The Hermitage as Pilgrimage Site
The Hermitage is a sacred site to those seeking union between the earth and the spirit, which is what it means to be a Harmonist.
The essence of the Hermitage is found in two locations: the Saal (meeting hall) of the Gemeinehaus (Community House) and the stone-lined spring below the Gemeinehaus.
The Saal is the indoor ritual site while the spring, with its steps narrowing as they descend to the sacred water, is the outdoor ritual site.
The Saal is a place for meditation. Its soaring rafters provide the backdrop for two special paintings: Illumination by Shozo Nagamo, with his characteristic shaped canvas, shows the descent of the Holy Spirit to illumine the brothers. Zephram de Colebi’s Illuminated Side Hole returns to mid-eighteenth century Moravian practice with its pierced canvas into which, by placing a hand into the wound, one enters the sacred space where the body and spirit merge.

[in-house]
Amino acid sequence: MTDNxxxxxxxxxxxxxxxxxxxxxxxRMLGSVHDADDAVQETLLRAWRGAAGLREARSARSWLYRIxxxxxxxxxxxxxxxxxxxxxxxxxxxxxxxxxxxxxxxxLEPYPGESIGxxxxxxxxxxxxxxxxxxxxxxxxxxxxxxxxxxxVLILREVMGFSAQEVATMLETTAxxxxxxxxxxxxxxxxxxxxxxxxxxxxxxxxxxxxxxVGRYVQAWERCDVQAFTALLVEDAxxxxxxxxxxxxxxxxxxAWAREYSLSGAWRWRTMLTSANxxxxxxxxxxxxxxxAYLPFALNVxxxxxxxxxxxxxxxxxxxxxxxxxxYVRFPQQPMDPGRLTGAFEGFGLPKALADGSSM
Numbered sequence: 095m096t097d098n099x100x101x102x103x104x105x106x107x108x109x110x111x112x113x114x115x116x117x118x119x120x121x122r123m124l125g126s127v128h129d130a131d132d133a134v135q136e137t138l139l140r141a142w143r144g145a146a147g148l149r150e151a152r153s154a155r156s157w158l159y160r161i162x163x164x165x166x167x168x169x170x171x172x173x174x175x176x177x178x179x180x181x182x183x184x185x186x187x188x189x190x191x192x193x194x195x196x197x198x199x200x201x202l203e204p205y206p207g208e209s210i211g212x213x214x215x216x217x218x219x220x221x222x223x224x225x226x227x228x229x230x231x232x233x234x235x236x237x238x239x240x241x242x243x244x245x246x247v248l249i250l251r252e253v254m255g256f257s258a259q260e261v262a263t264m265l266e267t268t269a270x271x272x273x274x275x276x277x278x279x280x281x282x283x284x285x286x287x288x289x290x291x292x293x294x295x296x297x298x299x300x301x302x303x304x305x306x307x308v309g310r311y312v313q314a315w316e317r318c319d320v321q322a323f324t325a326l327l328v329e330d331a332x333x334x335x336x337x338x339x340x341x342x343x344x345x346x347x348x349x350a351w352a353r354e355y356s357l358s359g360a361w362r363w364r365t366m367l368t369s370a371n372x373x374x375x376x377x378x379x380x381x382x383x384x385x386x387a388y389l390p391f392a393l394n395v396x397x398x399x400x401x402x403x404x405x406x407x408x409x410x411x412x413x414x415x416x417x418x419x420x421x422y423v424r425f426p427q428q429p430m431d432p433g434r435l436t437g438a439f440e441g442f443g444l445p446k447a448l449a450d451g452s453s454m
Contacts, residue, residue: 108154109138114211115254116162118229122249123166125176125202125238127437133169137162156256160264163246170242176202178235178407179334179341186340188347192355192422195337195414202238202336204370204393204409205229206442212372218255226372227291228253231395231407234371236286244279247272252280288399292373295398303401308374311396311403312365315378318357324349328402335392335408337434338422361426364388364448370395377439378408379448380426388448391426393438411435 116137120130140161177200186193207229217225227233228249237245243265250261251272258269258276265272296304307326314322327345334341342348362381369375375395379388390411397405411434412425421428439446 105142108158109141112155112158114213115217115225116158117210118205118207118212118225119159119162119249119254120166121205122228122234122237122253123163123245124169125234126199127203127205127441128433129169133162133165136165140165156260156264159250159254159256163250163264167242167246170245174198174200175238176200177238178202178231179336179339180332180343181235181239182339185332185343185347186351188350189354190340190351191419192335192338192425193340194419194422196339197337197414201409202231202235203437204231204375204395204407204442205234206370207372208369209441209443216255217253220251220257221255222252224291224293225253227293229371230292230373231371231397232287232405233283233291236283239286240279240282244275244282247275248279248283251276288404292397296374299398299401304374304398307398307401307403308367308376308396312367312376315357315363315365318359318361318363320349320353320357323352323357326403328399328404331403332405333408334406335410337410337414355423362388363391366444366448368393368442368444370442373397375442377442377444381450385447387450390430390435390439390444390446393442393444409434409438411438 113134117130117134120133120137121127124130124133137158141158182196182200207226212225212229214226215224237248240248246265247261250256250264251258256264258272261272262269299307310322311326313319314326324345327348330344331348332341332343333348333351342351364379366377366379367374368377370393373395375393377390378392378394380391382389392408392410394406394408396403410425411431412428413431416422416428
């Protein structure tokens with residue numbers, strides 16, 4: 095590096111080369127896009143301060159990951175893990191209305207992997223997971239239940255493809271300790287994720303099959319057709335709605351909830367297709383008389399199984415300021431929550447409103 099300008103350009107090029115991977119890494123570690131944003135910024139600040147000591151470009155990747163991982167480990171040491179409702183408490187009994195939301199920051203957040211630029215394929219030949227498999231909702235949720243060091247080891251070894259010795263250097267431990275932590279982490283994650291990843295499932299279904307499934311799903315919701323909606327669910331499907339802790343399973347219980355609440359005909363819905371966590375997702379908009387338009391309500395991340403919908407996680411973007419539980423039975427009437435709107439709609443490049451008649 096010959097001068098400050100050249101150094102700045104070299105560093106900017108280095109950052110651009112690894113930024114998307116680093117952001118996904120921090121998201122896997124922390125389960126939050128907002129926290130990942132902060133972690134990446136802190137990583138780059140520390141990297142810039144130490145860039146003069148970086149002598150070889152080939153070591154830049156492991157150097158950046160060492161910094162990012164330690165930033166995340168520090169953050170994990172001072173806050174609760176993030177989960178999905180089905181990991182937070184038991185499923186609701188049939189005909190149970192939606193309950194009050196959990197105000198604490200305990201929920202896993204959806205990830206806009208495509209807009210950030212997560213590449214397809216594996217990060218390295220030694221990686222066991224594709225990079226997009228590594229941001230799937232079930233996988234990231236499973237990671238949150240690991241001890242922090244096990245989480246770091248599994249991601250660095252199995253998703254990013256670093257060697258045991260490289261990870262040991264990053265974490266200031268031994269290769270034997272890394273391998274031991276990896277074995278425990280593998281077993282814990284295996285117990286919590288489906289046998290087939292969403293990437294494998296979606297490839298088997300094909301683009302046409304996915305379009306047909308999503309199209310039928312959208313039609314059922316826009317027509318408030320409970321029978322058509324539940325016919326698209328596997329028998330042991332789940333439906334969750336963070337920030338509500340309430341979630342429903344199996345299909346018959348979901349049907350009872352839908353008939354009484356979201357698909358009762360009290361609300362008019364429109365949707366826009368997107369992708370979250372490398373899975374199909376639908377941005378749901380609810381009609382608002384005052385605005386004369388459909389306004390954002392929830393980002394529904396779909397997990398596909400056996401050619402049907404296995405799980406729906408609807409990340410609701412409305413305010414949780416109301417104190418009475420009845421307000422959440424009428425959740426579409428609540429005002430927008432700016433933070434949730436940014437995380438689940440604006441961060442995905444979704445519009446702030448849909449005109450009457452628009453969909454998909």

Both locations, indoors and outdoors, emphasizes the transformative work of living the life of a Harmonist.
High in the outer wall of the Saal is our emblem of the flower growing in the earth, representing the nurtured and nurturing spirit living in harmony and beauty.
There are two springs at the Hermitage and both are considered sacred (as are all springs). One feeds the pond while the second, stone-lined with steps leading down to the water, is below the Gemeinehaus. Just as Christel’s spirit was believed by his brothers to live in the sacred spring at Christiansbrunn (the Spring of Christian outside Nazareth in the Lehigh Valley of Pennsylvania), so we believe his spirit inhabits this spring, as an example of the union of earth and spirit. And just as his brothers drank from the spring to bring Christel inside them so he could live again in and through them, so we believe his spirit enters and lives again through us when we drink this water and we partake of the mystery of the union of spirit and earth.